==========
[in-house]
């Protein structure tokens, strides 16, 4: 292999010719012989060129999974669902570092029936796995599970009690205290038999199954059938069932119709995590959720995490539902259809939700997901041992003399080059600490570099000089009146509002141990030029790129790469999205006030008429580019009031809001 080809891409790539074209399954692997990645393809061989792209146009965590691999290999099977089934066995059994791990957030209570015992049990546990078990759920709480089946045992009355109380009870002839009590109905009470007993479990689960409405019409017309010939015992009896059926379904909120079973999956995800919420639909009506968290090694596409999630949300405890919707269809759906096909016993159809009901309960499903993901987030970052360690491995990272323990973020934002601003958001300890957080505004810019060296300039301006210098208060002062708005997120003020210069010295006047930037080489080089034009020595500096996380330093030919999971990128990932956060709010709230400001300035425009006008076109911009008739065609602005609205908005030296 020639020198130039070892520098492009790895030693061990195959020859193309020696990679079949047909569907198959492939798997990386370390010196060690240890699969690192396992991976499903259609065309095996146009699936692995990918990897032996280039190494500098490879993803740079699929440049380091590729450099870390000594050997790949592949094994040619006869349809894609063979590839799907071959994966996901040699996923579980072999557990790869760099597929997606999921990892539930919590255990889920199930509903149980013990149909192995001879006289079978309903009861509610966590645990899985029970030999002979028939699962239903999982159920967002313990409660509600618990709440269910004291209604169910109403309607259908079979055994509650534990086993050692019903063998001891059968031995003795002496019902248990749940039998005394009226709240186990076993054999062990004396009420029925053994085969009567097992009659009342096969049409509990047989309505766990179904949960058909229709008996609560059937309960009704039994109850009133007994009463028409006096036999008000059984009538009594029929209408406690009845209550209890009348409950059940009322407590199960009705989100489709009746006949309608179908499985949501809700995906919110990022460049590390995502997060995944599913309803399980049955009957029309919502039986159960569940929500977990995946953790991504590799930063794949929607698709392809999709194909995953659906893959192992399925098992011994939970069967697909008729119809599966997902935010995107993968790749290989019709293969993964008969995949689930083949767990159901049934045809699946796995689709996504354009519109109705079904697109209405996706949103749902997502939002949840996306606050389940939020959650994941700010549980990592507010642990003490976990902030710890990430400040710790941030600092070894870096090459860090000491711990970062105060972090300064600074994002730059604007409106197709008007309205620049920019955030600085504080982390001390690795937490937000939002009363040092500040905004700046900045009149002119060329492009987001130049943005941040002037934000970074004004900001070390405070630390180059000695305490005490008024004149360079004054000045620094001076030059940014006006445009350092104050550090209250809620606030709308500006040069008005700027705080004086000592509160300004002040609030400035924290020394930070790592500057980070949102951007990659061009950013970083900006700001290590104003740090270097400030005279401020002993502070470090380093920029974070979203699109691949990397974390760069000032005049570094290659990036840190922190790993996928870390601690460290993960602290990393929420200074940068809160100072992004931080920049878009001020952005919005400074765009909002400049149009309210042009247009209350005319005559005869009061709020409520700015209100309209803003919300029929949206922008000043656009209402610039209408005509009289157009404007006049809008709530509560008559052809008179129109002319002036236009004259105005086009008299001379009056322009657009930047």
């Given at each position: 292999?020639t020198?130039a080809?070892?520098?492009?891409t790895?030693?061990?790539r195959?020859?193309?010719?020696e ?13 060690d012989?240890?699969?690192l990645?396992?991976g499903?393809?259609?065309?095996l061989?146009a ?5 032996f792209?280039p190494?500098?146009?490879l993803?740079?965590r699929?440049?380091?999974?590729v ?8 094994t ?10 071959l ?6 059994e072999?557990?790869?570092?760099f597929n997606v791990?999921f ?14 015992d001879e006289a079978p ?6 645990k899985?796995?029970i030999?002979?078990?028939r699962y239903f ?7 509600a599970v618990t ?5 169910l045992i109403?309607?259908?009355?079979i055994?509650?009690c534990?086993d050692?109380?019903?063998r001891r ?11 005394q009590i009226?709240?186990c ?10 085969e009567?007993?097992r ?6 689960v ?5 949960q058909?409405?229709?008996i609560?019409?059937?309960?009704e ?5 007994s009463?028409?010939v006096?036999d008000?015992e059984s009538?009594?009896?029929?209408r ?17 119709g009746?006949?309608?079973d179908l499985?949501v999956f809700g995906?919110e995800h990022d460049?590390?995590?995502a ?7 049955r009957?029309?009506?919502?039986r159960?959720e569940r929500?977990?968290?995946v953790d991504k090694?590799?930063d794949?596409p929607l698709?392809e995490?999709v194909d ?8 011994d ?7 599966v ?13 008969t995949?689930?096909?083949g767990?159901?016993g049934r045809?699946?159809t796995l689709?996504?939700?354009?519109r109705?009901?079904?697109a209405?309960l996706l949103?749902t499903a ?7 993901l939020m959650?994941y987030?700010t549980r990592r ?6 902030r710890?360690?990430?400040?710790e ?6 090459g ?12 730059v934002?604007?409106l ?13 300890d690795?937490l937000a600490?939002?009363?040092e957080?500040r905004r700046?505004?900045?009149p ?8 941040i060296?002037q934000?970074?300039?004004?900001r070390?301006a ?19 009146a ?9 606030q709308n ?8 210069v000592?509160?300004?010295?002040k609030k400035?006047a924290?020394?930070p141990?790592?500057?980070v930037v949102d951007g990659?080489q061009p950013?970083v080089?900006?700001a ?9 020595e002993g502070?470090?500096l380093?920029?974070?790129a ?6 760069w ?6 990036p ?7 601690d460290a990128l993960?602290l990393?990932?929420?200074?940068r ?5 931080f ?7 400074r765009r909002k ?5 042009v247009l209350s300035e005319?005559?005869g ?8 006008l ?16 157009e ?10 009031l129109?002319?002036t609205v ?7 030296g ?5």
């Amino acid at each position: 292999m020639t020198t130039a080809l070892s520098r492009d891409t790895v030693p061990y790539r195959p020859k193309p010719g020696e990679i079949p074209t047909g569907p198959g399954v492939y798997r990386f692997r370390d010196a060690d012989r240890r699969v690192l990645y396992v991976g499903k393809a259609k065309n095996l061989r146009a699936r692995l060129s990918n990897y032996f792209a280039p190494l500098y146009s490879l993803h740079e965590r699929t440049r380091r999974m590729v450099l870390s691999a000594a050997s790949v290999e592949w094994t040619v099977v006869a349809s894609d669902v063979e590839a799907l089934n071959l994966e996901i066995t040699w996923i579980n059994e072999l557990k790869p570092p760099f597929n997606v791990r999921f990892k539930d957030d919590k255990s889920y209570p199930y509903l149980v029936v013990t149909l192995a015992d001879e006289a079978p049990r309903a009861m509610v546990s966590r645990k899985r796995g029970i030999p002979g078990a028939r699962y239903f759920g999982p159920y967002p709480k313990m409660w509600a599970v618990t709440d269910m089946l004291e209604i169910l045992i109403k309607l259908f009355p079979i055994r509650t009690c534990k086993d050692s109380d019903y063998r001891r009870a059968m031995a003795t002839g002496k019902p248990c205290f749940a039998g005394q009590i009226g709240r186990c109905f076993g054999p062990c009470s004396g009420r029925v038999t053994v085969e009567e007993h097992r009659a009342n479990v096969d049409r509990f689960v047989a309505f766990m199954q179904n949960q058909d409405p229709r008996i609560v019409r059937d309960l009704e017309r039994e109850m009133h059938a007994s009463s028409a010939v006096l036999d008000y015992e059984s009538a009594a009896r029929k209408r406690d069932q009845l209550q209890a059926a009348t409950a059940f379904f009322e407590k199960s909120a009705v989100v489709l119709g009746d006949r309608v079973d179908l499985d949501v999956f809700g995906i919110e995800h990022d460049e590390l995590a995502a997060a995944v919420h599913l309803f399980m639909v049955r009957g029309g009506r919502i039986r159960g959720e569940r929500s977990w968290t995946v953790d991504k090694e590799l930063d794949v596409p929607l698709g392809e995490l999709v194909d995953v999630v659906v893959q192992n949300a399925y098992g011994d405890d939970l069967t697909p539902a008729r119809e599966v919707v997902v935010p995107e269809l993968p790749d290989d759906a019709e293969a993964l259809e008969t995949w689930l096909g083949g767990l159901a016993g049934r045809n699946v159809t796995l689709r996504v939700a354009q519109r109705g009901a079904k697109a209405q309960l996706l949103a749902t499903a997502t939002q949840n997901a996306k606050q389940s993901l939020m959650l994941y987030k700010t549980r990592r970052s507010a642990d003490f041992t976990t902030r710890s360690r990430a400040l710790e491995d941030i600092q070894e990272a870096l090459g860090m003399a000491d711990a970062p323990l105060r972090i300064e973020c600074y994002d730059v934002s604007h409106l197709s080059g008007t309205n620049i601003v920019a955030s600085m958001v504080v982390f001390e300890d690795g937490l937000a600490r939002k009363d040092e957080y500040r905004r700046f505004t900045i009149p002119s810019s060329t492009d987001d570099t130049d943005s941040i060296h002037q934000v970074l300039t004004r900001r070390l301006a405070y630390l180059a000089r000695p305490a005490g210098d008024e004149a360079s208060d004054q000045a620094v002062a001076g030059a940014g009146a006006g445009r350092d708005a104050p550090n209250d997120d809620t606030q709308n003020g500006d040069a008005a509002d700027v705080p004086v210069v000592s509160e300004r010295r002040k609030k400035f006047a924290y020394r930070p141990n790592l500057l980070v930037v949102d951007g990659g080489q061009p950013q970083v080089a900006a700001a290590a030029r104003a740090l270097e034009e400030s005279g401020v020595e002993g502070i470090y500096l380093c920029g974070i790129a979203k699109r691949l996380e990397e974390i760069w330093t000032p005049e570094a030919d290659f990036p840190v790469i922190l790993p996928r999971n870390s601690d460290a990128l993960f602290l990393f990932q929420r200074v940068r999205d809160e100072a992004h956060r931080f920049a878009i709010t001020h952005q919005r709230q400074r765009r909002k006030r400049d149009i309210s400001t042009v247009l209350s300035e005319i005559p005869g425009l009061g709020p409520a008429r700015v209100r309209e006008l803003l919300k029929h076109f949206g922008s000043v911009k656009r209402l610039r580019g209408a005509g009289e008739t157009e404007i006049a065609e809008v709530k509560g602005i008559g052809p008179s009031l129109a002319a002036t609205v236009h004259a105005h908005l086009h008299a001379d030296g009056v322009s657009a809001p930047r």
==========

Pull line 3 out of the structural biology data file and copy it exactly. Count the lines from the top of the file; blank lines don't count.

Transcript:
């Given at each position: 292999?020639t020198?130039a080809?070892?520098?492009?891409t790895?030693?061990?790539r195959?020859?193309?010719?020696e ?13 060690d012989?240890?699969?690192l990645?396992?991976g499903?393809?259609?065309?095996l061989?146009a ?5 032996f792209?280039p190494?500098?146009?490879l993803?740079?965590r699929?440049?380091?999974?590729v ?8 094994t ?10 071959l ?6 059994e072999?557990?790869?570092?760099f597929n997606v791990?999921f ?14 015992d001879e006289a079978p ?6 645990k899985?796995?029970i030999?002979?078990?028939r699962y239903f ?7 509600a599970v618990t ?5 169910l045992i109403?309607?259908?009355?079979i055994?509650?009690c534990?086993d050692?109380?019903?063998r001891r ?11 005394q009590i009226?709240?186990c ?10 085969e009567?007993?097992r ?6 689960v ?5 949960q058909?409405?229709?008996i609560?019409?059937?309960?009704e ?5 007994s009463?028409?010939v006096?036999d008000?015992e059984s009538?009594?009896?029929?209408r ?17 119709g009746?006949?309608?079973d179908l499985?949501v999956f809700g995906?919110e995800h990022d460049?590390?995590?995502a ?7 049955r009957?029309?009506?919502?039986r159960?959720e569940r929500?977990?968290?995946v953790d991504k090694?590799?930063d794949?596409p929607l698709?392809e995490?999709v194909d ?8 011994d ?7 599966v ?13 008969t995949?689930?096909?083949g767990?159901?016993g049934r045809?699946?159809t796995l689709?996504?939700?354009?519109r109705?009901?079904?697109a209405?309960l996706l949103?749902t499903a ?7 993901l939020m959650?994941y987030?700010t549980r990592r ?6 902030r710890?360690?990430?400040?710790e ?6 090459g ?12 730059v934002?604007?409106l ?13 300890d690795?937490l937000a600490?939002?009363?040092e957080?500040r905004r700046?505004?900045?009149p ?8 941040i060296?002037q934000?970074?300039?004004?900001r070390?301006a ?19 009146a ?9 606030q709308n ?8 210069v000592?509160?300004?010295?002040k609030k400035?006047a924290?020394?930070p141990?790592?500057?980070v930037v949102d951007g990659?080489q061009p950013?970083v080089?900006?700001a ?9 020595e002993g502070?470090?500096l380093?920029?974070?790129a ?6 760069w ?6 990036p ?7 601690d460290a990128l993960?602290l990393?990932?929420?200074?940068r ?5 931080f ?7 400074r765009r909002k ?5 042009v247009l209350s300035e005319?005559?005869g ?8 006008l ?16 157009e ?10 009031l129109?002319?002036t609205v ?7 030296g ?5």